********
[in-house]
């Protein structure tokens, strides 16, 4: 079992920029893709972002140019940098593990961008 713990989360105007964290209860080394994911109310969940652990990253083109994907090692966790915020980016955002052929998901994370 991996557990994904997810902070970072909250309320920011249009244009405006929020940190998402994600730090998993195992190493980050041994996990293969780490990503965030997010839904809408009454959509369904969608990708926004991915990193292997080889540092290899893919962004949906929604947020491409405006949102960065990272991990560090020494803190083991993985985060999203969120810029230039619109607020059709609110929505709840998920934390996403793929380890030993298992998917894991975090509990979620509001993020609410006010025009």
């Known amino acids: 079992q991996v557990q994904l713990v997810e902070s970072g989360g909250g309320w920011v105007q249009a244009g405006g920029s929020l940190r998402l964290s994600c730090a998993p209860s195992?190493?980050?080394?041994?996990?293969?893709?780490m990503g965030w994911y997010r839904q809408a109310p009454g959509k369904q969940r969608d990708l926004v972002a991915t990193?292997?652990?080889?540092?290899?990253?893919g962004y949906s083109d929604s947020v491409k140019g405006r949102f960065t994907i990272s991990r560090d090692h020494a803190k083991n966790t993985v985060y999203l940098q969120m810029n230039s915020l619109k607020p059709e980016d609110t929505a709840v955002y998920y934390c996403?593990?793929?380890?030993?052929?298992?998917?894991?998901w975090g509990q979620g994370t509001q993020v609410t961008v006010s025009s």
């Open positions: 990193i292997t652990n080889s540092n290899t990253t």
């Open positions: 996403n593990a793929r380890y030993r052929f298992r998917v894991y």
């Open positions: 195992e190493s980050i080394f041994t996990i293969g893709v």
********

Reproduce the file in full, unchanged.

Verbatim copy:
[in-house]
């Protein structure tokens, strides 16, 4: 079992920029893709972002140019940098593990961008 713990989360105007964290209860080394994911109310969940652990990253083109994907090692966790915020980016955002052929998901994370 991996557990994904997810902070970072909250309320920011249009244009405006929020940190998402994600730090998993195992190493980050041994996990293969780490990503965030997010839904809408009454959509369904969608990708926004991915990193292997080889540092290899893919962004949906929604947020491409405006949102960065990272991990560090020494803190083991993985985060999203969120810029230039619109607020059709609110929505709840998920934390996403793929380890030993298992998917894991975090509990979620509001993020609410006010025009």
């Known amino acids: 079992q991996v557990q994904l713990v997810e902070s970072g989360g909250g309320w920011v105007q249009a244009g405006g920029s929020l940190r998402l964290s994600c730090a998993p209860s195992?190493?980050?080394?041994?996990?293969?893709?780490m990503g965030w994911y997010r839904q809408a109310p009454g959509k369904q969940r969608d990708l926004v972002a991915t990193?292997?652990?080889?540092?290899?990253?893919g962004y949906s083109d929604s947020v491409k140019g405006r949102f960065t994907i990272s991990r560090d090692h020494a803190k083991n966790t993985v985060y999203l940098q969120m810029n230039s915020l619109k607020p059709e980016d609110t929505a709840v955002y998920y934390c996403?593990?793929?380890?030993?052929?298992?998917?894991?998901w975090g509990q979620g994370t509001q993020v609410t961008v006010s025009s």
């Open positions: 990193i292997t652990n080889s540092n290899t990253t």
């Open positions: 996403n593990a793929r380890y030993r052929f298992r998917v894991y």
């Open positions: 195992e190493s980050i080394f041994t996990i293969g893709v």